Choosing the Right Font
for Your Banner Ad
When it comes to designing a banner, the importance of the font cannot be understated. Fonts define how your message will look and give them an identity that you wish to convey. If you were creating a website to market cars, for example, you would want to go with a font that is clean and makes it easy for people who are interested in buying one.
The following ways can help when choosing fonts:
1. Determine what mood or emotion you want your audience to feel when they read the text on your banner.
Are you advertising a special offer? Then opt for happy and exciting colors and fonts in order to liven up the atmosphere and encourage users to click on your banner. Your choice of font should complement these emotions.
2. Make the banner straight to the point and avoid relying too much on cool fonts.
You might be tempted to use a small font when you have only a little bit of space, but this will make your message difficult for users to read. If they can’t read it, they can’t click on it. For a better idea of how the message would appear in your design, print out a copy and hold it up close to see how it looks.
3. Avoid using ‘broken’ or free fonts that are difficult to read.
They create an impression of an amateur designer trying far too hard to capture attention – something most site owners want to avoid at all costs!
4. Limit the number of different fonts.
You don’t need to use every font on your computer when creating a banner; this will confuse your viewers and make it difficult for them to determine which font you’re using. Try not to extremes – extremes, however, are good in advertising.
5. Combine two or three of the most aesthetic fonts
With unique colors to create contrast and make the whole banner stand out. Creative Market offers a lot of Font bundles that will surely help you in finding the right one for your banners. Be sure to check it out!
6. Avoid using more than two fonts per banner
One of them should be used for the body of the message while another is reserved for headings, subheadings, and special features that you want to highlight within your message (e.g., “Free Shipping”). The best way to ensure that your text is clear and easy to read is to choose one font for the body of the message, stick with it throughout the banner, and make only subtle changes to its size.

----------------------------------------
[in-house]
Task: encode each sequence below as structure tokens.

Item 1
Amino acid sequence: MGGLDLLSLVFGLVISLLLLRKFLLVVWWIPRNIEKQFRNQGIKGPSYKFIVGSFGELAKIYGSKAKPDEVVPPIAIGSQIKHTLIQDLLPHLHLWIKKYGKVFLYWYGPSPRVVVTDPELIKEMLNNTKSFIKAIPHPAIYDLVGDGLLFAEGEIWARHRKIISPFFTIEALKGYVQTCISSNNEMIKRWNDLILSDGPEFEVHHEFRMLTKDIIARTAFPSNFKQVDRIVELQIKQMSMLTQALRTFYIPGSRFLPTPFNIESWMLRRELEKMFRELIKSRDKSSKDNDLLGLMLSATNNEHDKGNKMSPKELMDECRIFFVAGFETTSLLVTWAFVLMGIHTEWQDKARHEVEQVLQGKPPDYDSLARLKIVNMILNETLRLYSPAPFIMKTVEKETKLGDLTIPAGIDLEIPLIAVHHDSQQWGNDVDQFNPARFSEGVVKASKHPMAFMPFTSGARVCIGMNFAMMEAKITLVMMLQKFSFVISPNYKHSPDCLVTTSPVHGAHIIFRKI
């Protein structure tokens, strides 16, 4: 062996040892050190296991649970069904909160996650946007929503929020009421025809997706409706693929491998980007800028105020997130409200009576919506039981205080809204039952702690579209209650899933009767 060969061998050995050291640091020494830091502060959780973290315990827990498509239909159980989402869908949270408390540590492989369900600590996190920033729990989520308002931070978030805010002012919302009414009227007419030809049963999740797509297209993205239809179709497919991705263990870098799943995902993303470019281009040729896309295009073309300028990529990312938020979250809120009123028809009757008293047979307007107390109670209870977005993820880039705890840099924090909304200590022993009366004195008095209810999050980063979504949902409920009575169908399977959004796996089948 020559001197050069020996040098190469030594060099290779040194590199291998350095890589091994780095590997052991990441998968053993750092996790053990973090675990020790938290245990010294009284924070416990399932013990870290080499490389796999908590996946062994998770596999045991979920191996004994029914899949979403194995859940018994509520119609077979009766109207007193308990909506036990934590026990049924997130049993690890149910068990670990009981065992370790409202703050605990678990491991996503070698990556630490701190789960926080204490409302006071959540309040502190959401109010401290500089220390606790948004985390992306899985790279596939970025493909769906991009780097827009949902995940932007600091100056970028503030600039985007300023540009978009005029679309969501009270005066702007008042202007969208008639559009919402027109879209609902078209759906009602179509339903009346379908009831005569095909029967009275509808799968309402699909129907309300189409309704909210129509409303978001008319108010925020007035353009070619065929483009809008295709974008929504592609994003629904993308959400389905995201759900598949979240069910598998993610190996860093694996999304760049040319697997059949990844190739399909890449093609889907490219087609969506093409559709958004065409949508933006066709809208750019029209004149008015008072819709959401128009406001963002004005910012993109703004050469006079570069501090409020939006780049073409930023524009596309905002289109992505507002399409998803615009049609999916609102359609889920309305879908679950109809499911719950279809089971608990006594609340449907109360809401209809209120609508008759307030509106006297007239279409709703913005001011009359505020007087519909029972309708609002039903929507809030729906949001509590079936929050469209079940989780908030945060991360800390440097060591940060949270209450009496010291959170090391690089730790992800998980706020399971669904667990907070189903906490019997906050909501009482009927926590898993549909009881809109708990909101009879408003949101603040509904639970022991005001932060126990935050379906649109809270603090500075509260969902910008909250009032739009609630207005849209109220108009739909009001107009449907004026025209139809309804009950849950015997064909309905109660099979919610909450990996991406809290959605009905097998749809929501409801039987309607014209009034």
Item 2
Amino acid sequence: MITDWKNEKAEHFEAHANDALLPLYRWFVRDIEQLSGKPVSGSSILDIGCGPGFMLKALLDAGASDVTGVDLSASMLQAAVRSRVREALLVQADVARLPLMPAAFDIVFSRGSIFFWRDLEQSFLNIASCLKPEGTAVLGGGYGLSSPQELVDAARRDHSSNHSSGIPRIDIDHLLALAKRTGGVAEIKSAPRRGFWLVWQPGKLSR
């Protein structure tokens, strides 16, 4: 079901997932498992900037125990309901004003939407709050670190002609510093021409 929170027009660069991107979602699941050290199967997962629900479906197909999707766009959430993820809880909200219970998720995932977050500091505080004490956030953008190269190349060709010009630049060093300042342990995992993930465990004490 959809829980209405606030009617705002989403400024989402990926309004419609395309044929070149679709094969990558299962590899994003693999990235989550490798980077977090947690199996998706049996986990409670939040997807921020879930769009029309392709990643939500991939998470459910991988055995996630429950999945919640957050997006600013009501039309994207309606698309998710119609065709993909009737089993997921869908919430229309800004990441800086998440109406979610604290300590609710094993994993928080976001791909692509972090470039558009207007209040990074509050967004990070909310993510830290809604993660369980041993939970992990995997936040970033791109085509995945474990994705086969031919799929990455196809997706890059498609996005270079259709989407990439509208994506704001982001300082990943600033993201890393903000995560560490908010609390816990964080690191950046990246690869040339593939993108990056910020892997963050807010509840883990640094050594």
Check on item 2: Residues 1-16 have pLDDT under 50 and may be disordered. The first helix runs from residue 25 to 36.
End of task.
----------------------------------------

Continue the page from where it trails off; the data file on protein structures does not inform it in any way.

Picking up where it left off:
7. Use more cute fonts at your own risk.
Do not overdo things! Remember that if you are trying to convey a serious or professional image, using attention-grabbing fonts might be counterproductive. As mentioned above, these fonts are best used during special promotions where you don’t want to take anything too seriously.
8. Once you have chosen your primary font(s), identify what size they will be on the page before proceeding with any further design plans.
You may need to resize your fonts for them all to fit onto one page or banner area – this is entirely up to you.
9. Don’t make your font size too small.
If it is not legible on a computer screen, it will have to be enlarged or even replaced completely for users to see what you’re trying to say. This means that your message will look worse than before and can result in an increase of banner blindness if users are unable to read the text clearly.
10. When deciding which fonts go best together, use contrasting colors rather than similar ones.
Mixing two or more of the same color can create a monotonous tone and detract from the message being conveyed – whereas using different shades of a font puts emphasis on each one and makes them easy for viewers to differentiate between easily. This allows for better customization within a design since you can rely on color to distinguish between fonts as well as make a unique statement with a variety of colors. If you need help, there are tons of tools online that allow you to pick the perfect font for your banner by dragging and dropping them onto a palette.
11. Once you have chosen the best fonts for your design, stick with them.
Your users will quickly become accustomed to reading that font in that particular size or style. Changing it after they’ve grown used to it will only serve to confuse them and lessen the overall effect of what is being said in your message.
A lot of people see a font as an extension of your brand or company’s personality or message. If you want to be perceived as warm and inviting then using a handwritten script typeface might help convey this idea more than something like Helvetica which has been used in so many logos it can come off as cold and impersonal. In general, though, think about whether you want something bold but simple or elegant with lots of embellishment on each letter? What do you hope people will take away from viewing your banner? Which emotions are you trying to evoke? Your choice of font should reflect these ideas!